It’s not surprising that newly minted doctors at one of the most prestigious hospitals in the country, and in a specialty with a particularly demanding residency, have been violating national limits on work hours.
But the Boston Globe’s report that Massachusetts General Hospital must rein in surgical residents’ hours is a reminder that the work limits put in place several years ago remain unpopular with many residents and senior doctors.
Not surprising in the least. I’m actually astonished that there’s anybody with the chutzpah to defend extended work hours for residents. I did my residency largely in the pre-hour-restriction era — there were hour restrictions on months in the ER, but effectively none for the off-service rotations — and it was a terrible way to deliver care. I did my time of q3 call in the units and q2 call on surgical services. This includes a memorable time when I was the sole intern on the pediatric surgical service and was on duty for ten days straight without leaving the hospital. That gives a new meaning to being a “resident physician!” (Actually, that’s the original meaning, if you must get picky about it.)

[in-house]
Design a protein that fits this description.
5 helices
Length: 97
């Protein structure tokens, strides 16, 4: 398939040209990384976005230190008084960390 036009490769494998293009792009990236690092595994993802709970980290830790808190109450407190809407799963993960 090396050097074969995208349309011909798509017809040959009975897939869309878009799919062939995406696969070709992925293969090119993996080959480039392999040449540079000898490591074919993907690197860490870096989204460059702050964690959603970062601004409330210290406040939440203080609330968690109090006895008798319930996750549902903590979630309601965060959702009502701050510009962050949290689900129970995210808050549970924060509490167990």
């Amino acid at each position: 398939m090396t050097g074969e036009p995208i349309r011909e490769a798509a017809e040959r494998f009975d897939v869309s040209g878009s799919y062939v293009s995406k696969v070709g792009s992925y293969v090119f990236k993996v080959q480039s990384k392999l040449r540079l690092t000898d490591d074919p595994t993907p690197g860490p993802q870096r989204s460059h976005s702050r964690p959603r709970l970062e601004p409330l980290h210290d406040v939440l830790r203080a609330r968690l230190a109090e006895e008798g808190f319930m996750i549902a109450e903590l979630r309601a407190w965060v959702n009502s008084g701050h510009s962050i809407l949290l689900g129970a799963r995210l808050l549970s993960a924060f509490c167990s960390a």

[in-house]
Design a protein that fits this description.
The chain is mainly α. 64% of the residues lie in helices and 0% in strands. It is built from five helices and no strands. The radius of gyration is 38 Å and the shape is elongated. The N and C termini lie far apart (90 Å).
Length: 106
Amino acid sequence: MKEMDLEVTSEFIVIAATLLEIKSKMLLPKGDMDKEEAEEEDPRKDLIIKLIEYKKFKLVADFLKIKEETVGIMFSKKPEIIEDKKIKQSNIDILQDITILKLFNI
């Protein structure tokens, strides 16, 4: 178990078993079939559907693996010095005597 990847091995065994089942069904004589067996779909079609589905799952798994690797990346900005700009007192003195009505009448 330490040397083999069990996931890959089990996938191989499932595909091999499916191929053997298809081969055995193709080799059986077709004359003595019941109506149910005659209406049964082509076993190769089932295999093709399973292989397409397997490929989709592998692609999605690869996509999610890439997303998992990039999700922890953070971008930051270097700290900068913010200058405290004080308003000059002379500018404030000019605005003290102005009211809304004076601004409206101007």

The care provided was just scary. I prided myself on being a machine and able to get through 36 hours of uninterrupted work without cracking; I used to run marathons and endurance was my forte. And I did get through it better than most. But after 24 hours with no down time (and there was never meaningful down time), you get stupid, and you make mistakes. I remember once, in the medical ICU I was surprised in morning rounds to find that one of my patients had had a swann-ganz catheter placed overnight. Caught flat-footed by this in front of the attending, I asked the nurse who had put in a swann without telling me, only to be informed that I had done the procedure! Apparently I was too sleep-addled to recall that I had done it! Fortunately, I had apparently done it right, because a swann involves threading a catheter through the heart into the pulmonary vessels and can be Very Bad [tm] if you screw it up. But I apparently did it by reflex without actually achieving a state of full wakefulness. This sort of thing was fairly routine, and I also remember well the overnight residents being excoriated in morning rounds for the errors and misjudgments they had made overnight. Great training, but not so great for the patients who were the victims of the mistakes.